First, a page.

From Royal Star Sportfishing
Fish Report for 8-11-2017
And our final morning offshore, a perfect set up to end this voyage on a high note, flopped. A couple of fish were tagged, including a robust 25 pound yellowtail, but production again fell short of our goal. A sea full of life was encouraging, including schools of skipjack and a few small tuna, but fish worthy of a tag and a ride north were tough to come by. So it goes.
A study in contrast this voyage accomplished much in the way of exposing the ocean’s diverse nature; and what long range fishing is about. Many of the fantastic conversations that I shared with anglers during the voyage touched upon this theme. To this moment I never cease to be amazed by the diversity of fishing, catching, scenery, and destinations long range fishing offers. An angler could choose the same seven day voyage in August for ten consecutive seasons and experience completely different fishing on each one. And this is the reality, and the attraction, of long range fishing. No two voyages are ever the same. Each run is a completely unique adventure brimming with the potential to amaze and reward.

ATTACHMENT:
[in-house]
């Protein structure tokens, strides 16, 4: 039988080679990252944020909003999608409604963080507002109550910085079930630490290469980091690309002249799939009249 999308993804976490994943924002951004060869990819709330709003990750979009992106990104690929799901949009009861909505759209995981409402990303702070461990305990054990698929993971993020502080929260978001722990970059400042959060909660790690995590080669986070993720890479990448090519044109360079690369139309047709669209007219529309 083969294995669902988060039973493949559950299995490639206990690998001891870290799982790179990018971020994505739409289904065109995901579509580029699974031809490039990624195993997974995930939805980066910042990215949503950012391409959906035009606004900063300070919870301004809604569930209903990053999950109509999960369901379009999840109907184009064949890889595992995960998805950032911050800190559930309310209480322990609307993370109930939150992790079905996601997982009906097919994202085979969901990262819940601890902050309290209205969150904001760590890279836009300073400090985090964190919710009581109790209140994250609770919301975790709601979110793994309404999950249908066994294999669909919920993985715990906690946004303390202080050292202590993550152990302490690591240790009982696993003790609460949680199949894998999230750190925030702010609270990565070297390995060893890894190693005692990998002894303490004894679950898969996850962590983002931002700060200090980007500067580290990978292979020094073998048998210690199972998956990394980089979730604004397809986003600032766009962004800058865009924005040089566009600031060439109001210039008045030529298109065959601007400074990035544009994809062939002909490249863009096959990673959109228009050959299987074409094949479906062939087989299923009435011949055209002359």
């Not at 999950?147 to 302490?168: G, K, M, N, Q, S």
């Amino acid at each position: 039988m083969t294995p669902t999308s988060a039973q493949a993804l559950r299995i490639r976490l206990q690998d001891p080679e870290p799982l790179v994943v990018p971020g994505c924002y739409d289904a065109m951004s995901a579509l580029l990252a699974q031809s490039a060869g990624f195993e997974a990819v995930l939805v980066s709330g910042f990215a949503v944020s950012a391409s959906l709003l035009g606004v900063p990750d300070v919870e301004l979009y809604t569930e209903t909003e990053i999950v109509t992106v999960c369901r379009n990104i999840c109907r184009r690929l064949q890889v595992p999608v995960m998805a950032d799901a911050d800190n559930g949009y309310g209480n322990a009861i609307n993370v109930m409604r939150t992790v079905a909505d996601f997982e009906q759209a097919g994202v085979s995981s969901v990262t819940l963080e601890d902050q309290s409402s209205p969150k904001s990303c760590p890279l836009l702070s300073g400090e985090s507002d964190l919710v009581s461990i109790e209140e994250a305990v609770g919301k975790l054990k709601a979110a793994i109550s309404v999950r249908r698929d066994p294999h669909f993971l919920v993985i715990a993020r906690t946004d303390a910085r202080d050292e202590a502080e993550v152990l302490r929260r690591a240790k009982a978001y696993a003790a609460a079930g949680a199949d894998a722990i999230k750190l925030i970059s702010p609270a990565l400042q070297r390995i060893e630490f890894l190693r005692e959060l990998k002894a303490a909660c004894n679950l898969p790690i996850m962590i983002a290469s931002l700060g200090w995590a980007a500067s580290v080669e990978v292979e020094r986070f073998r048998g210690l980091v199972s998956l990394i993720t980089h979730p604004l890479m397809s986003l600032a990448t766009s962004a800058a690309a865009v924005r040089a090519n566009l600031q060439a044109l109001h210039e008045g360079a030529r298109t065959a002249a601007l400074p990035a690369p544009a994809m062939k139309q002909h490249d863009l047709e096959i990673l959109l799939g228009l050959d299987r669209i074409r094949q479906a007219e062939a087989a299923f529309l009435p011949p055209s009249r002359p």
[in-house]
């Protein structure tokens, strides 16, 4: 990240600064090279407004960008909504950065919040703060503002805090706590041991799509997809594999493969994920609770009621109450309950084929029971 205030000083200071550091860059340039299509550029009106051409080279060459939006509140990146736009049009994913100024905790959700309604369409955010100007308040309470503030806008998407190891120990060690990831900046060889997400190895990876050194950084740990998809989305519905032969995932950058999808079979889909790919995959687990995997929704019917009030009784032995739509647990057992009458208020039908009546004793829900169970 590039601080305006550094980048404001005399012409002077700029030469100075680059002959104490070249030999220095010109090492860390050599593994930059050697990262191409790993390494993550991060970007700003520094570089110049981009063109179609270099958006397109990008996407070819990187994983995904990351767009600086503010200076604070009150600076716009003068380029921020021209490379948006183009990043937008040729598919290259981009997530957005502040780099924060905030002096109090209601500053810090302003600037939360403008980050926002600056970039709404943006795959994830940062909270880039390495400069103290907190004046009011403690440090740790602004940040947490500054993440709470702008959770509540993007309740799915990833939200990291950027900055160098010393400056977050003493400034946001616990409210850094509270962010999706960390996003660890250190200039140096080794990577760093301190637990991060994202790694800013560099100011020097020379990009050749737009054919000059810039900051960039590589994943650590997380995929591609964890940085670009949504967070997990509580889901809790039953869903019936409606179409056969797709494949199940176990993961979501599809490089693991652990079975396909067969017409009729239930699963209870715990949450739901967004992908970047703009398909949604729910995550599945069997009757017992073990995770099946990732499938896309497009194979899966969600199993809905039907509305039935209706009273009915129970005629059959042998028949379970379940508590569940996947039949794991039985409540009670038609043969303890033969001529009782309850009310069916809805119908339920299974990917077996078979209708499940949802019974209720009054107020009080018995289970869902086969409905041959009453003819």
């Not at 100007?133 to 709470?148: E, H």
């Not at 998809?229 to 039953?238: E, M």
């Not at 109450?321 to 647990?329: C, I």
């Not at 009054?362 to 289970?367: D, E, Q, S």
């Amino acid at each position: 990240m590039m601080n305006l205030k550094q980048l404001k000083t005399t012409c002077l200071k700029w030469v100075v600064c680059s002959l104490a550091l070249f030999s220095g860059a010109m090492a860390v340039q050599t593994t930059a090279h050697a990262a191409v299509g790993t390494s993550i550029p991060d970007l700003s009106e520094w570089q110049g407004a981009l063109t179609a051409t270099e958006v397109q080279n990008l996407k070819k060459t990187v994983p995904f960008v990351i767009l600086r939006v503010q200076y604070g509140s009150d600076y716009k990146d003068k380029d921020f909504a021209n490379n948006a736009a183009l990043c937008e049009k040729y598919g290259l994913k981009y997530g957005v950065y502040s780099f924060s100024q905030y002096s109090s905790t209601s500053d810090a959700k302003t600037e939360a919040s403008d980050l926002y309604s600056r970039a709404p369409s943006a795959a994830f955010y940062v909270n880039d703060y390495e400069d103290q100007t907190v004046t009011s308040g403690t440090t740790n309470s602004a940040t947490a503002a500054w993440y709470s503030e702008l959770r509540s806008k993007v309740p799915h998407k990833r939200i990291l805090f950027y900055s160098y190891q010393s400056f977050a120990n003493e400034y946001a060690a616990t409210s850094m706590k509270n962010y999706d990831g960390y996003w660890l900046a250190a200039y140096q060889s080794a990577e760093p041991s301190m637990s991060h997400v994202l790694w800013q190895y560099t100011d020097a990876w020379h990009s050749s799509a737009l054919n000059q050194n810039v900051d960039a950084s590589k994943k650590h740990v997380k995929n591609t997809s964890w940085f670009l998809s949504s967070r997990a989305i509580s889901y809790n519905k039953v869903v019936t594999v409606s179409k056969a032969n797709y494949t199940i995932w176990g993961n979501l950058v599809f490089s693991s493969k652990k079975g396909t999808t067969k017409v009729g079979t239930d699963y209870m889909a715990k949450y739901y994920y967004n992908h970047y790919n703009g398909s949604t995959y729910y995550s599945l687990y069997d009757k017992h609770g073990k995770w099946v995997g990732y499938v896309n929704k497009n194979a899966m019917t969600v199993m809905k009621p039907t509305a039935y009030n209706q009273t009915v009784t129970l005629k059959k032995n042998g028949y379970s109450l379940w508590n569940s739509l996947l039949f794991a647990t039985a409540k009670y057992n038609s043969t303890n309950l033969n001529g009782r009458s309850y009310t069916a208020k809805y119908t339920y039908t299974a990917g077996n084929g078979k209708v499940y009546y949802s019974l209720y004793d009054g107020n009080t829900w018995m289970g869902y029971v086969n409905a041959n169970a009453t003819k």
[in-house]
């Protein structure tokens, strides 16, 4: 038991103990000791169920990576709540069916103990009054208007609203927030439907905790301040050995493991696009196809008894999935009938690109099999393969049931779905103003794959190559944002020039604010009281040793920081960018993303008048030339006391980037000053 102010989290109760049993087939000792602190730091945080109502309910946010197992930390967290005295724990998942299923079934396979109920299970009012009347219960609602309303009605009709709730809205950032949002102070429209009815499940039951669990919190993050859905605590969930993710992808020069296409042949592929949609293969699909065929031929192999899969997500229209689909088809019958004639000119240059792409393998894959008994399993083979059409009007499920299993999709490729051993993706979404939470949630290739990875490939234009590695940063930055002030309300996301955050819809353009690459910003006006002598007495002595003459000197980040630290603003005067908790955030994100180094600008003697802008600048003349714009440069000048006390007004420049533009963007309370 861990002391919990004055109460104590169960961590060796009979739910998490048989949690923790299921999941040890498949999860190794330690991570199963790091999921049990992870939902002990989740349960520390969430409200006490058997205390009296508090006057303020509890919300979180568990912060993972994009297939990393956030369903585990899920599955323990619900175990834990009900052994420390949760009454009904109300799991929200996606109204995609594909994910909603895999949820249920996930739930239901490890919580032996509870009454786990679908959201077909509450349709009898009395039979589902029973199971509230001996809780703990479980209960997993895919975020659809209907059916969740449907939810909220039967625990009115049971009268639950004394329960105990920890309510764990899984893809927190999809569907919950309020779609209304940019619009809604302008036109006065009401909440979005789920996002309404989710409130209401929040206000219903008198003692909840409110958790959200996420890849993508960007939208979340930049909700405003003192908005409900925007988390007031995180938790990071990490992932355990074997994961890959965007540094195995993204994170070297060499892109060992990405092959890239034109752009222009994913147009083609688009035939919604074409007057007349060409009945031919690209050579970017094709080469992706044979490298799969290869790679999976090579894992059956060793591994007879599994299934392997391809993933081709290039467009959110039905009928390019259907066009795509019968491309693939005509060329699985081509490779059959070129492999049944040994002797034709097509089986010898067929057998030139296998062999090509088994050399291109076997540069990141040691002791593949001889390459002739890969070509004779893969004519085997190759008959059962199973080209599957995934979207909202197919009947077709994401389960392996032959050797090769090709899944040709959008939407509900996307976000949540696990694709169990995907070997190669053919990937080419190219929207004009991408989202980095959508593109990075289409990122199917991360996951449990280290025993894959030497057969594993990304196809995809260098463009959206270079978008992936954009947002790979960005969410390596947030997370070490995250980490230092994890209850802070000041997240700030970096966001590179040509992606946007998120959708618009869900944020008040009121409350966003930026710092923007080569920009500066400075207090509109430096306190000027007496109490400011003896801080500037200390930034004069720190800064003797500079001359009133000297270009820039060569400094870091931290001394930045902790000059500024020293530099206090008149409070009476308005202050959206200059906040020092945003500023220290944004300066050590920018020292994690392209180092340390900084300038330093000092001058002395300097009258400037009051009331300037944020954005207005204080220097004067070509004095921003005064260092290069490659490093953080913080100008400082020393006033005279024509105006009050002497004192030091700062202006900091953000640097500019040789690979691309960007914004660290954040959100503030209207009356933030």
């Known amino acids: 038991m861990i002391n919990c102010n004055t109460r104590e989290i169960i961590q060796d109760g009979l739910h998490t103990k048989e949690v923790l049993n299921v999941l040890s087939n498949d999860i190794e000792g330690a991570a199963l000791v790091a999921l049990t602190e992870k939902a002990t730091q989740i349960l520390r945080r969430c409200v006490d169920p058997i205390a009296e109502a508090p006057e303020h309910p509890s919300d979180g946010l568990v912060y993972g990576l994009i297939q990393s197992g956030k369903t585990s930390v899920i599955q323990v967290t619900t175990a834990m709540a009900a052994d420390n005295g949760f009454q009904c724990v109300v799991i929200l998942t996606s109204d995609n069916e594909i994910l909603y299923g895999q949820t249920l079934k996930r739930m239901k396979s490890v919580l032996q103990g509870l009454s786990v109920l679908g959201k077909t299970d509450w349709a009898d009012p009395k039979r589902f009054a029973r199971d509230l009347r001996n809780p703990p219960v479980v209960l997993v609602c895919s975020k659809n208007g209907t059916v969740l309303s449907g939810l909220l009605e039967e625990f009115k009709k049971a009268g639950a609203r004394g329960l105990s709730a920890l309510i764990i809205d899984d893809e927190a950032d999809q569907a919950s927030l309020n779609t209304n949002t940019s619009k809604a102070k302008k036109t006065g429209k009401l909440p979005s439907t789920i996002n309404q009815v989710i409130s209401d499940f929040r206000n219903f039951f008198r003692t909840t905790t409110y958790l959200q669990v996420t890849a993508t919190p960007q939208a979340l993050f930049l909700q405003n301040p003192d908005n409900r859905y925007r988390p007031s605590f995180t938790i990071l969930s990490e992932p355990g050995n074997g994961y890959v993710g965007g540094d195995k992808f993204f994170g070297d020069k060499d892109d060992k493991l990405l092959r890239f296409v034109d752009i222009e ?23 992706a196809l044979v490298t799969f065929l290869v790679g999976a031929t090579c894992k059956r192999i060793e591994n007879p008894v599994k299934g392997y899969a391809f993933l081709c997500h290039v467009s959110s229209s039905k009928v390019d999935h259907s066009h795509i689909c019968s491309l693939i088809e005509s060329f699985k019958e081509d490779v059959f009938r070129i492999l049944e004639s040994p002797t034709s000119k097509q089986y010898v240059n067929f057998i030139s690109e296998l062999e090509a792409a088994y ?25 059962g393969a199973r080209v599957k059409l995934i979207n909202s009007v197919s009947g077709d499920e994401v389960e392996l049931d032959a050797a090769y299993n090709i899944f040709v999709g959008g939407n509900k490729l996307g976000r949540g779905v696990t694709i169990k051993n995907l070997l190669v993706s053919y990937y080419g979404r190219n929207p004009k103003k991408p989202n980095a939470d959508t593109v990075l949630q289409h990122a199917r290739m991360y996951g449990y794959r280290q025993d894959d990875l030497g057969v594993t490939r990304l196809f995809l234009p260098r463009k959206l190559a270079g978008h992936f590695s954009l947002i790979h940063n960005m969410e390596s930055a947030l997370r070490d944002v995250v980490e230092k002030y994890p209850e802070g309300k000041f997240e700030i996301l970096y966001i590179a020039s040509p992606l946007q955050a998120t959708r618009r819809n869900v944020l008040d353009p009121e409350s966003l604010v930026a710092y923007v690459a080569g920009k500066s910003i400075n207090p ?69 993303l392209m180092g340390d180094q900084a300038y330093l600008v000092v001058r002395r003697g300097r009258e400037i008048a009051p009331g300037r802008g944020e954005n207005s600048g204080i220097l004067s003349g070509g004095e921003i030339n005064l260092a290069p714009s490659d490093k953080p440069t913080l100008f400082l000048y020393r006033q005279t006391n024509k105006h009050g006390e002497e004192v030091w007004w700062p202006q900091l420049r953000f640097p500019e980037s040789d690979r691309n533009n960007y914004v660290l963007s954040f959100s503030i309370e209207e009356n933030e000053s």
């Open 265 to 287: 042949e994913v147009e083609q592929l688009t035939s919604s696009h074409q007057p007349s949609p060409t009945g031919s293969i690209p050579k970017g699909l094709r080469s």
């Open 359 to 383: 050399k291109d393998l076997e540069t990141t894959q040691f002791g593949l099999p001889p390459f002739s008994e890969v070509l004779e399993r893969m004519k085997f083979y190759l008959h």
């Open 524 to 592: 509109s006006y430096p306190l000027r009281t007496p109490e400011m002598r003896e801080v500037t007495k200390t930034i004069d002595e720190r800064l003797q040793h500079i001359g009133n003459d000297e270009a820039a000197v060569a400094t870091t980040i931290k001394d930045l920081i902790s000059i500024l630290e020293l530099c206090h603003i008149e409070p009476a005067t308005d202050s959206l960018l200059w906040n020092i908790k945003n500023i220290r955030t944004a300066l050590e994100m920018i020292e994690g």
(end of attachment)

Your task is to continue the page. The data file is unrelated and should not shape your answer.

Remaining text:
So the book closes on this run that was a notable success; a good time was had by all. This result was not by chance. It was created by a group of anglers intent upon enjoying exactly what the ocean had to offer. What a pleasure to share time at sea with such stellar individuals. Our most sincere gratitude to Tom and Dale Kurata and Izorline for spearheading the voyage and providing epic swag for all participants. Thank you one and all again.
Now we begin an adventure anew with the annual Humboldt Fishin’ Lumberjacks arriving on board tomorrow. A new strategy will be employed as we ply the Southern waters in search of the magic three - Quality, variety, and sufficient quantity for all.
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